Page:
Profile of a highly connected, early rising, early stage investor


Alan Patricof said that there is only one acceptable reason for missing out on a funding round for a really great startup: It costs too much.

Otherwise, it’s the job of him and his colleagues at Greycroft Partners to convince them to take the money.

Patricof, 79, has been at this a long time and can come up with pretty forceful arguments for doing so. Perhaps the most compelling is connections. He and his partners, Patricof said, can get founders a meeting with pretty much any C-level executive in the media industry – and most in the tech business as well. It’s one of the side perks of a 40-plus year career with early investments in Apple, AOL and Office Depot, among others.

And it’s helped secure Greycroft some high-profile portfolio companies, including HuffintonPost, Buddy Media and recently-acquired social media influence measurer Klout.

While Patricof has a long history of backing media entrepreneurs, it’s not the only area in which he brings some investment clout. The New York City native is best known as a founder of Apax Partners, today one of the world’s largest private equity firms, with more than $40 billion under management.

Patricof founded a predecessor company to Apax, called Patricof & Co, an investment firm that specializes in technology and media. Before that, he developed a taste for the publishing industry, making a founding investment in the late 1960s in New York Magazine.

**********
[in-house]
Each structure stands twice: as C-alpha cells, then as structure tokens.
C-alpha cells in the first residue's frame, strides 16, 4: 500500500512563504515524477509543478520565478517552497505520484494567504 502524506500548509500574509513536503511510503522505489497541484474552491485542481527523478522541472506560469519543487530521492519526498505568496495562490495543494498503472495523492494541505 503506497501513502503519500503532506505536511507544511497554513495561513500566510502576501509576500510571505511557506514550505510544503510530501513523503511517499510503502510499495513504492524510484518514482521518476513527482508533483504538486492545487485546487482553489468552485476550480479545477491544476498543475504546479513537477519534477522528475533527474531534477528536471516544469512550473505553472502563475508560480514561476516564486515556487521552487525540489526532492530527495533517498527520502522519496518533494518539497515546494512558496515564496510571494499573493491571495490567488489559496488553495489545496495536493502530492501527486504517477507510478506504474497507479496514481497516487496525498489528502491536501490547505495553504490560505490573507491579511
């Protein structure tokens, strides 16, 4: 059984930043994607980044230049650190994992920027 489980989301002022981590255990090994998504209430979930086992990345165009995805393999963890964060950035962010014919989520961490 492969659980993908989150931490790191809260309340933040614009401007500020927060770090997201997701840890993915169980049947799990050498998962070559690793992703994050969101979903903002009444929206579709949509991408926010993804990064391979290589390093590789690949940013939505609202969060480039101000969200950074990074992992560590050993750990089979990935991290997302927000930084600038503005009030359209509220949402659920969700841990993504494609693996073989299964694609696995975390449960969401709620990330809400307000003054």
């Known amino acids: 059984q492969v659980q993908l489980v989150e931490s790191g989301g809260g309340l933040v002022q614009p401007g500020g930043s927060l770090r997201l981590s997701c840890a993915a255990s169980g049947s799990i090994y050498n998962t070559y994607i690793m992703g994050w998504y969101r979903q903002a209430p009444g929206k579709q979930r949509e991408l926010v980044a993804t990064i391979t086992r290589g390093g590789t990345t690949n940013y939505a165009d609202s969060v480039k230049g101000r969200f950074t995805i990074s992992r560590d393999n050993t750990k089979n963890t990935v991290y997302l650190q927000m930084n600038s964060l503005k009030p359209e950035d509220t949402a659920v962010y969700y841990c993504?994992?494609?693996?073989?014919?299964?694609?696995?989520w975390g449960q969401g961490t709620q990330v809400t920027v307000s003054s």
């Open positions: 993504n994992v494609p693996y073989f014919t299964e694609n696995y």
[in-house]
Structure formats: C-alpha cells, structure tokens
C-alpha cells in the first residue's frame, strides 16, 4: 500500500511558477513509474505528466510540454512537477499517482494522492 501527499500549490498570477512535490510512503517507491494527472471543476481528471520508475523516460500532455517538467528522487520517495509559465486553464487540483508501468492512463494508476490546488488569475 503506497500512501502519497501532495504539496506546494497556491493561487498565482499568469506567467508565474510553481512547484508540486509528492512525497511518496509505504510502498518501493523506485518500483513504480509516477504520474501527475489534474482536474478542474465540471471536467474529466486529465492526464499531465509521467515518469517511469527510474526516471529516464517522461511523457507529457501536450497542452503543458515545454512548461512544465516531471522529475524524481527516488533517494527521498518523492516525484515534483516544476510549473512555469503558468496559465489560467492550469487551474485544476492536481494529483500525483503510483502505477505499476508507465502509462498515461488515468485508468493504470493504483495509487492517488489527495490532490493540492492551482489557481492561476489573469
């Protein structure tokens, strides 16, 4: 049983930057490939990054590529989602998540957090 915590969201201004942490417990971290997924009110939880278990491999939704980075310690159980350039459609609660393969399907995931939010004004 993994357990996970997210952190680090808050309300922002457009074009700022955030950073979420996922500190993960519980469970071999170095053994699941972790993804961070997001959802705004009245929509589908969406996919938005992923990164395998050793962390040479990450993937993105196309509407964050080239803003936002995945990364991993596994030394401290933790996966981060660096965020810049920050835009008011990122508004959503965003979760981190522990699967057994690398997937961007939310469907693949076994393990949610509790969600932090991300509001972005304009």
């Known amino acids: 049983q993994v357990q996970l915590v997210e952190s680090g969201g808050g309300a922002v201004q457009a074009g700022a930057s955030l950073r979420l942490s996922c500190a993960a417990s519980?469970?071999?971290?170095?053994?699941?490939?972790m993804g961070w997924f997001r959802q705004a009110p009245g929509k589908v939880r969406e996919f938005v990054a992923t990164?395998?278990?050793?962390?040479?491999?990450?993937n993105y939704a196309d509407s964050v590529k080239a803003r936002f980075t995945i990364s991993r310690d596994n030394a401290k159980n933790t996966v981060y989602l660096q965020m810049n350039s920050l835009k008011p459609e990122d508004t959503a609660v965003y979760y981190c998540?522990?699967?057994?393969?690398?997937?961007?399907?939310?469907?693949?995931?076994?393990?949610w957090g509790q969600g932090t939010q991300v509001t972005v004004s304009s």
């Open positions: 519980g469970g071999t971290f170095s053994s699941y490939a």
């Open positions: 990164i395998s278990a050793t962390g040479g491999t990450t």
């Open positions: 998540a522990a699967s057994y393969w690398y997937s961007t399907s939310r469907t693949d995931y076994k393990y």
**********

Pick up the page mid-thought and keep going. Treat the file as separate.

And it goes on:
Politics is another area in which Patricof is a formidably connected guy. As Apax scaled up in the 1990s, along with Patricof’s own net worth, he took an active role in Democratic Party fundraising, where he has shown some talent for picking winners. He started out as a fundraiser for Bill Clinton’s presidential campaigns, and later took an active role in fundraising for Hilary Clinton.

Most recently, Patricof hosted an even more famous guest – President Obama – for a March event at his New York home, to raise money for the Democratic National Committee. Guests paid a reported $32,400 per plate for the privilege of attending such an intimate event with the president.

As for whether Patricof’s role in the fundraiser foreshadows a return to campaign trail for his favored candidate, Hillary Clinton, the host wasn’t tipping his hand. He said he does not know if she will run in 2016, although he hopes that she will.

In the interim, the early-rising, early-stage investor is finding other ways to occupy his time. Most days, he said, he’s still the first person at Greycroft’s downtown office, often arriving before 7 am.

That said, while he may be first to arrive, Patricof concedes he’s not necessarily the last to leave the office. He has other pressing appointments, not always of the presidential variety.

Rather, as a grandfather of seven, these take the more familiar form of soccer games, dance recitals and family dinners.

At the Future of Fintech conference in New York on March 26, Alan Patricof will be presented with VCJ’s inaugural Lifetime Achievement Award.

This story first appeared in Reuters Venture Capital Journal. Subscribers can read the full story here. To subscribe to VCJ, please email Greg.Winterton@ThomsonReuters.com.

Photo: Alan Patricof (R), founder of Greycroft Partners, accepts a lifetime achievement award from Lawrence Aragon, digital editor of the Reuters Deals Group. Photographed by Rob Paul for Thomson Reuters. All rights reserved.